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This paper presents the events associated with the scandal that involved the Bre-x mining company. Historically, the seduction of Gold business has always brought bad scenarios as people maneuver in the quest of enriching themselves. A Canadian mining company, Bre-X was incorporated and headed by David Walsh.
During the year of its incorporation, it was listed on the Alberta Stock Exchange. Bre-X was a small mining company that dealt with gold mining. The events that surrounded this company are articulated in this paper.
Company Bre-x scandal
Bre-X was not profitable until the year 1993 when it exploited the gold in Busang Indonesia. The company became profitable, and its shares consequently became valuable.
This led to bigger mining companies wanting to share in the fortune, and several agreements were made by Barrick, Bre-X, The Indonesian government, and the Freeport an American company. The arrangement enabled Bre-X to receive the largest share.
Eventually, it turned out that Freeport was tricked, and Borneo had low gold deposits that were poor quality-salted gold. A court case was opened, and several people who were suspected of the crime died mysteriously. In addition, Bre-X shares price collapsed drastically before it was closed down (Francis, 1998).
David had followed the advice of Felderhof, a geologist to buy the Busangin Deposits in Indonesia. David hired him as the General manager in charge of Busang explorations.
Little was known until when the Busang Gold deposit value was estimated to be 2 million Ounces in 1993 and a final valuing of 30 million in 1995 by Mr. Guzman, a geologist. This saw Bre-X’s shares rise tremendously to $14.87 in 1995.
The share value hit a peak of $280.00 in April 1996 when Bre-X started trading on the Toronto Stock Exchange. The value of the gold deposits continued to increase, and had an estimate of $200 million (Francis, 1998).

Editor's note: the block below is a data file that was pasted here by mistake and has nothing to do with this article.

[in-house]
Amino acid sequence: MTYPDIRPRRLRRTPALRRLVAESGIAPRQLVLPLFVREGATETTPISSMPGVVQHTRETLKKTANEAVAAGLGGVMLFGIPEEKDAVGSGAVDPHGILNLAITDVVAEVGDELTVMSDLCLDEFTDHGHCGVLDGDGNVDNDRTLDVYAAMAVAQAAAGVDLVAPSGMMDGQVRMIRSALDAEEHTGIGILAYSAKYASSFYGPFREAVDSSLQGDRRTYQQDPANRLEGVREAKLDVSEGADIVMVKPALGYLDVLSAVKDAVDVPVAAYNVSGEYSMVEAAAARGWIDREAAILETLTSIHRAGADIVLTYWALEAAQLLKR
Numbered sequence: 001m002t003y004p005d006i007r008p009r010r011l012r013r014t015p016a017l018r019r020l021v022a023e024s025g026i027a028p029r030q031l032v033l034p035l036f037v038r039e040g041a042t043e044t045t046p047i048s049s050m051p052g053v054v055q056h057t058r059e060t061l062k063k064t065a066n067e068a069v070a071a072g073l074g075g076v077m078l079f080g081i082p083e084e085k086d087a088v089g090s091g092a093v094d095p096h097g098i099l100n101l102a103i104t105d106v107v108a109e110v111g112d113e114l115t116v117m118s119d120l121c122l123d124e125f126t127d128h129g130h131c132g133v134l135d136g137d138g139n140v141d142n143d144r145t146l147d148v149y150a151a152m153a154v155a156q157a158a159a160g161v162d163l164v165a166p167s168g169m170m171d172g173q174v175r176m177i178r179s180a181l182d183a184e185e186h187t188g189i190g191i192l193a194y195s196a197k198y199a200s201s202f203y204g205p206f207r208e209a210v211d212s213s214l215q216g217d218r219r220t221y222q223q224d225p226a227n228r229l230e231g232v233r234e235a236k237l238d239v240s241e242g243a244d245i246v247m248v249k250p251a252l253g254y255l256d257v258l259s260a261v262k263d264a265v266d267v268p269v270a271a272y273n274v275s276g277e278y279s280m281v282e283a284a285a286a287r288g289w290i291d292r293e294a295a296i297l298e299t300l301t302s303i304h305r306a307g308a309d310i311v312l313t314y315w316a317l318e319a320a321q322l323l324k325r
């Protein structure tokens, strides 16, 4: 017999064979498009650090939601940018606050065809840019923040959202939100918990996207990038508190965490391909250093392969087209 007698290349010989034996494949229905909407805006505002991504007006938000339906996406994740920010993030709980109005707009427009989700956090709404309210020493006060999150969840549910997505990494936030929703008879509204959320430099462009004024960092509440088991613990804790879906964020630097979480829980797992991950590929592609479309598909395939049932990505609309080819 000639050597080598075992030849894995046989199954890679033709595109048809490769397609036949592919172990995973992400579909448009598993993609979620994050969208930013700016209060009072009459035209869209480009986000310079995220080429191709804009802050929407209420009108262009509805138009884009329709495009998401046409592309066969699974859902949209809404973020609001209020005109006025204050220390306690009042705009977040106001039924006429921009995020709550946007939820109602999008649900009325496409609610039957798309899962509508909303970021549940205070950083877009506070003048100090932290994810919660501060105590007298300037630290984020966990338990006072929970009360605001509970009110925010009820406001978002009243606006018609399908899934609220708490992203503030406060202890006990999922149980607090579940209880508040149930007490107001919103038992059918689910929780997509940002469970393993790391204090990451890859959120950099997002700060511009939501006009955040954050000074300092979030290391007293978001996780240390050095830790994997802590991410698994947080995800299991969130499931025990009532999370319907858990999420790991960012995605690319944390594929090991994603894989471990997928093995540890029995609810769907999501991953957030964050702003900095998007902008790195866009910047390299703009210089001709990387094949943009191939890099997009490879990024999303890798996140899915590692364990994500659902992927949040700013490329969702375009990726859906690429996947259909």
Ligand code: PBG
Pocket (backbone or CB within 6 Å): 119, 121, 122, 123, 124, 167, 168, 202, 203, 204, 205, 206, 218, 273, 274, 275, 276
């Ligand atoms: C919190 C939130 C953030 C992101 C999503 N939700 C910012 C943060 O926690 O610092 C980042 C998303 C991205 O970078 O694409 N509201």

Major mining firms such as Barrick Gold Corp organized to take over, but they failed. The Indonesian government was involved, as well as the Freeport-McMoRan Copper & Gold an American company.
The initial agreement was that Barrick was to receive a share of 67.5%; Bre-X was to get 22.5%, and the Indonesian government was allocated 10%. The final deal between Freeport and Bre-X led to an agreement that Bre-X and Freeport exploit the Gold.
In this agreement, Freeport was to receive a 15% share, Indonesian interests 40%, and Bre-X 45%. Borneo, the side of the Freeport had low deposits reporting 0.01 grams. On the other hand, Busang, the Bre-X part had large and rich deposits reporting a grade of 4.39 grams.
The gold in Borneo was not only small, but was also said to be salted. Salting of gold makes undermines the quality of gold and is not as shiny as pure gold. This raised alarm, and Freeport demanded answers.
When investigations were started, several people die mysteriously including Walsh, followed by the tragic downfall of Bre-X mining company (Salinger, 2005).
The Bre-x mining company scandal had far reaching consequences on the business and individuals involved. Notably, some of the suspects died mysteriously while others went to places where they could not be reached easily to testify in the case.
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The only surviving culprit of the Bre-X mining company, Mr. Felderhof has been charged with several cases including insider trading. However, there is no enough evidence for him to be charged. The justice system in this region did not act fairly to protect the interest of those who had invested in this company.
Francis, D. (1998). Bre-X: The inside story. Toronto: McClelland-Bantam.
Salinger, L.M. (2005). Encyclopedia of white-collar & corporate crime. Thousand Oaks, Calif: Sage Publications